Creating Dialectic Notes

    A dialectical approach to taking notes sounds much more complicated than it is. A dialectic is just a dialogue, a discussion between two (or more) voices trying to figure something out. Whenever we read new material, particularly material that is challenging in some way, it can be helpful to take dialectic notes to create clear spaces for organizing these different sets of thoughts.

    Dialectic notes serve many purposes

    • They can help you contribute to class discussion about this piece and the topics it addresses.
    • Significant questions you encountered while reading are already written down and collected in one place so you don’t have to sift back through the reading to re-discover those questions.
    • These notes provide a place where many of your observations and thoughts about the piece are already organized, which can help you see patterns and connections within those observations. Finding these connections can be a strong starting point for written assignments.
    • If you are asked to respond to this piece in writing, these notes can serve as a reference point as you develop a draft. They can give you new ideas if you get stuck and help keep the original connections you saw when reading fresh in your mind as you respond more formally to that reading.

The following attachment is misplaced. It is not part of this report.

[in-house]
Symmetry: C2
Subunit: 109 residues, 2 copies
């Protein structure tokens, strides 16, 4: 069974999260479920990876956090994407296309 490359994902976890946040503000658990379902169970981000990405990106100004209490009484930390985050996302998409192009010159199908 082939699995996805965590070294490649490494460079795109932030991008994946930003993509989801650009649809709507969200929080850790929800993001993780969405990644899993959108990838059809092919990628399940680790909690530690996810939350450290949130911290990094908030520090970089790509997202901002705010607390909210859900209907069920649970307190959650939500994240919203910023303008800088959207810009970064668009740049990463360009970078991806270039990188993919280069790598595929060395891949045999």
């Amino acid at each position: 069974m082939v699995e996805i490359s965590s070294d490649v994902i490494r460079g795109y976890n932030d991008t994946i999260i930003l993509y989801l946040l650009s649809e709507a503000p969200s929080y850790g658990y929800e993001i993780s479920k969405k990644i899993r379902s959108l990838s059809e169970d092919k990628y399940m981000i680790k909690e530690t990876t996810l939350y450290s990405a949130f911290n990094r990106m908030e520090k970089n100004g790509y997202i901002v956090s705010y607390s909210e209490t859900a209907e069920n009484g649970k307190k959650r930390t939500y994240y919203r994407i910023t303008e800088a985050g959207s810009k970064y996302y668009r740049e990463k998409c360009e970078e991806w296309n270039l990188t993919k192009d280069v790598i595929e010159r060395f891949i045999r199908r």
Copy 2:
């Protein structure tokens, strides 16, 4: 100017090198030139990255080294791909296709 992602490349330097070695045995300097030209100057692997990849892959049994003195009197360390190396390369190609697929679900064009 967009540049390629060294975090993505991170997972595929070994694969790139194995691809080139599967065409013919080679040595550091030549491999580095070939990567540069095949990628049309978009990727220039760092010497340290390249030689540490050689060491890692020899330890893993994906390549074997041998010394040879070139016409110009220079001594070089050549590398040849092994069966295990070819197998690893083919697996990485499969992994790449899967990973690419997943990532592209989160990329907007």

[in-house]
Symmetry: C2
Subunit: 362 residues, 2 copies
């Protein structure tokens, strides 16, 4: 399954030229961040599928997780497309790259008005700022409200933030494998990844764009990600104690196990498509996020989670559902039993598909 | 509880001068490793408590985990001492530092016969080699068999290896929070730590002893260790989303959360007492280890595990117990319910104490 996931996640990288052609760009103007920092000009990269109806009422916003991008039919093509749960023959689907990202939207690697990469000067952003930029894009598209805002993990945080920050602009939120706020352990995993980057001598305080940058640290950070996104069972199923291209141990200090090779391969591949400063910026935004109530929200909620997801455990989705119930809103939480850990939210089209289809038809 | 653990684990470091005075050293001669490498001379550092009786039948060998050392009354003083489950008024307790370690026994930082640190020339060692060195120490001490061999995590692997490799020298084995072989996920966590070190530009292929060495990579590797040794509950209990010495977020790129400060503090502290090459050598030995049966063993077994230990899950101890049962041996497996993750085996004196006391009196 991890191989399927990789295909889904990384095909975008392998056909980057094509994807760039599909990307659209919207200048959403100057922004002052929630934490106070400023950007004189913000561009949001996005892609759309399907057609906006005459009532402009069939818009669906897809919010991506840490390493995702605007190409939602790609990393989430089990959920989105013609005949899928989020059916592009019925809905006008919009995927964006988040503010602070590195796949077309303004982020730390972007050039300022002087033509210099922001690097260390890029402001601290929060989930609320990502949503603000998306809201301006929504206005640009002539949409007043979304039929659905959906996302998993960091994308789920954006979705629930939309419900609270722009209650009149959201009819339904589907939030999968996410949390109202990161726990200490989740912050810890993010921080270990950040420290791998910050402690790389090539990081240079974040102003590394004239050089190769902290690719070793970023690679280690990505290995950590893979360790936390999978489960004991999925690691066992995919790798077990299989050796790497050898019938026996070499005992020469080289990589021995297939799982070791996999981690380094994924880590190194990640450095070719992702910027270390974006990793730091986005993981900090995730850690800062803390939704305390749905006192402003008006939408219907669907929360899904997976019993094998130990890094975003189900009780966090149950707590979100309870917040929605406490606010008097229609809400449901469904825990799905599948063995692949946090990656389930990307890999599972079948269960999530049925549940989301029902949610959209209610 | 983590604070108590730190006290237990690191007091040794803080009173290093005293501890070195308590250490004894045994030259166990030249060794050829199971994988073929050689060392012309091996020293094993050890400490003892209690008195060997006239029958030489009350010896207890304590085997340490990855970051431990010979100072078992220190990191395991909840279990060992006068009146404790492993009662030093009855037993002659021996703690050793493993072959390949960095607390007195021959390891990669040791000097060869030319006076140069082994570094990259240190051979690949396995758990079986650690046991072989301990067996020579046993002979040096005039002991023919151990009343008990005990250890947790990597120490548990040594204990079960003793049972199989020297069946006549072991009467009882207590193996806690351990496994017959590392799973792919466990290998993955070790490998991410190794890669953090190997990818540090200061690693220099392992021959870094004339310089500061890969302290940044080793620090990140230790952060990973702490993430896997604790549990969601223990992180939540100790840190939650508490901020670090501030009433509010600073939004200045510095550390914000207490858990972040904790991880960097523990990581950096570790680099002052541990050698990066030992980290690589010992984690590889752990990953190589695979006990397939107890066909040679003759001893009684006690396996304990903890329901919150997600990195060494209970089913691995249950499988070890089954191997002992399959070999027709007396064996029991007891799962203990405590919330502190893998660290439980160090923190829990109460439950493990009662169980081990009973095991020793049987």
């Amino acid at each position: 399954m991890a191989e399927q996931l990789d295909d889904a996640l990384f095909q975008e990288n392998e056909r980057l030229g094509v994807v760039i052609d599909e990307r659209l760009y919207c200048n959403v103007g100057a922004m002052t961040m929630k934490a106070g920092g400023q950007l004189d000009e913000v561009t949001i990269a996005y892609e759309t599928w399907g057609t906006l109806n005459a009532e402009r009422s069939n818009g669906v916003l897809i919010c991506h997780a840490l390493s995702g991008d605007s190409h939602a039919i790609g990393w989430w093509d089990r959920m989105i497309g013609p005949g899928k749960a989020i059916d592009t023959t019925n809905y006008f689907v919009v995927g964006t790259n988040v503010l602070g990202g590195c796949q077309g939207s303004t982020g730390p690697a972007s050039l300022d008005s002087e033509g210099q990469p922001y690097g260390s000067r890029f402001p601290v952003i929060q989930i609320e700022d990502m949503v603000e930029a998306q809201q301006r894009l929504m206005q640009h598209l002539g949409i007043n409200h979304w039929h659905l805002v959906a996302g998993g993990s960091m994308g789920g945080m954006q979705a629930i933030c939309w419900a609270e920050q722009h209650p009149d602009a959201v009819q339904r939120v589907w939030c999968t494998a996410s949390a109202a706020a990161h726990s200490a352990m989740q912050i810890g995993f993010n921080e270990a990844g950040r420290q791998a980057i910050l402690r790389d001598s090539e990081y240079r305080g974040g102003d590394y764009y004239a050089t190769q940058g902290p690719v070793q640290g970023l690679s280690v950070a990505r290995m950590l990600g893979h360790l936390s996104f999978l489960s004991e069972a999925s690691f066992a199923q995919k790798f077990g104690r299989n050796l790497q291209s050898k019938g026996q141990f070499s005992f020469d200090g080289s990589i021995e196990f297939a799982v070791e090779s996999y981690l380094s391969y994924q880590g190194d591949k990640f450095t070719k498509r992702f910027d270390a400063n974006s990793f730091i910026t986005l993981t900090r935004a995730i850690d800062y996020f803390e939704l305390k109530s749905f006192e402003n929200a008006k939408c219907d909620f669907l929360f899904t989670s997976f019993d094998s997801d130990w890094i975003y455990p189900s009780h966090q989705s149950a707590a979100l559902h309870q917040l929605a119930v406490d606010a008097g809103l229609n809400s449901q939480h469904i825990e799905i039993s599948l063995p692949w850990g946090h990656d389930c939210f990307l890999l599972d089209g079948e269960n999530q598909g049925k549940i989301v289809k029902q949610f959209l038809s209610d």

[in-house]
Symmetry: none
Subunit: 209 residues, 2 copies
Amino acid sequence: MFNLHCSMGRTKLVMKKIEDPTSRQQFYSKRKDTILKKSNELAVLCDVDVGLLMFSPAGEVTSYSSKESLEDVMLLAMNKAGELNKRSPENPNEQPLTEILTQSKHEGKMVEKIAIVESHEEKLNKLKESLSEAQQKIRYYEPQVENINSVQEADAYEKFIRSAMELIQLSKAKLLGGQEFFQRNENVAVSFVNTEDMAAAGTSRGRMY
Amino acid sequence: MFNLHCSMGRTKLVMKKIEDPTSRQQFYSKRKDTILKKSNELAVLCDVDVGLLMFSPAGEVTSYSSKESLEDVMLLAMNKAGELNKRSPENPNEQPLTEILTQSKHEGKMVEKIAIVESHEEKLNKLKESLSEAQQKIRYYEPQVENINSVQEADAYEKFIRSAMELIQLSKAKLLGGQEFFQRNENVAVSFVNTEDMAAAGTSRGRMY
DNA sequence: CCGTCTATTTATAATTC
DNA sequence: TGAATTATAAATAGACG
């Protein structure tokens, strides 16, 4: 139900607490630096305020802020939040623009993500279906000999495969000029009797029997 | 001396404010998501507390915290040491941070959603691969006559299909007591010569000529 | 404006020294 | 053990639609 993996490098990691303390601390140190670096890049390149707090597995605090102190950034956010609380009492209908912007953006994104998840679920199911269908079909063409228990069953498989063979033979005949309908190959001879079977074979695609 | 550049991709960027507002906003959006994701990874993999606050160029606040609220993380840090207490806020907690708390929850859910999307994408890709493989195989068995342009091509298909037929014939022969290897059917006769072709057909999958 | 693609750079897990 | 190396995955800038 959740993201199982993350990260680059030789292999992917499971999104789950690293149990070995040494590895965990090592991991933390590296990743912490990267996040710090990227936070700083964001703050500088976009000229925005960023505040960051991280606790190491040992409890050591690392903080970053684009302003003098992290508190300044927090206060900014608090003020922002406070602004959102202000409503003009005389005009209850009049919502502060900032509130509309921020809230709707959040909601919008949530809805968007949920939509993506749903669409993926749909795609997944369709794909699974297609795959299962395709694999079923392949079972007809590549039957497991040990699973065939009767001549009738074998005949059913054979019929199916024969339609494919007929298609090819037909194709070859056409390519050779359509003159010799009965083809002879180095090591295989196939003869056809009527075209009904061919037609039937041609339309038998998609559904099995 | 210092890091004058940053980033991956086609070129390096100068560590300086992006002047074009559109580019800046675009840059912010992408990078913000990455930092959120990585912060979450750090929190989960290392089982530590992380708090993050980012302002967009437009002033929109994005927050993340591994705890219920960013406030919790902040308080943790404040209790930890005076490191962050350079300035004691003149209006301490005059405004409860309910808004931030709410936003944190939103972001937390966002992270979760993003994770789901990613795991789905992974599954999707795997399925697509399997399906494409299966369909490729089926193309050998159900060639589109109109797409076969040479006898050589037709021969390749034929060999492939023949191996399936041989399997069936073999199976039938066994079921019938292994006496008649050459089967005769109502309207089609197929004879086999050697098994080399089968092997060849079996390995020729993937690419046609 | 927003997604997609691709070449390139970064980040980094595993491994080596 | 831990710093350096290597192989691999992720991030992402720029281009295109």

On your computer (or tablet, or phone) start by creating a table with with 3 columns. In a notebook, open to a blank two page spread. Draw a vertical line down the middle of the left sheet to make two columns, and then use the other page as the third column (you want your ideas to take up more space than the quotes and examples from the text). 

     

    Left Column Middle Column Right Column
    Quotes from the text Your initial response New ideas about the text and your responses
         

    The Left Column

    This column will be the ideas in the text you are reading (or viewing). In it, you will note things like

    • What are the author’s main points in this section?
    • What kind of support is the author using in this section?
    • Other points of significant interest?
    • Note the source and page number, if any, so that you can find and document this source later

    You can directly quote these points, but do write them down as you encounter them, not after the fact. If you quote directly, use quotation marks; if you paraphrase, do not use quotation marks. Be consistent so that you don’t make more work for yourself when you start writing your draft. For more guidance with writing summaries, paraphrasing, and quoting, see the “Drafting” section of this text.

    The Middle Column

    The middle column will be the questions and connections you make as you encounter this author’s ideas. This might include

    • Questions you want to ask in class
    • Bigger-picture questions you might explore further in writing
    • Connections to other texts you’ve read or viewed for this class
    • Connections to your own personal experiences
    • Connections to the world around you (issues in your community, stories on the news, or texts you’ve read or viewed outside of this class)

    The Right Column

    It is often a good idea to leave space for a third column where you can add your thoughts as they develop beyond your initial ideas. During class discussions, for example, your classmates and professor might offer ideas that help you build on what you've already written. You can also use the third column to make notes about how you want to use these ideas in your essay: where in your essay do you see this quote fitting in? what connections do you want to make?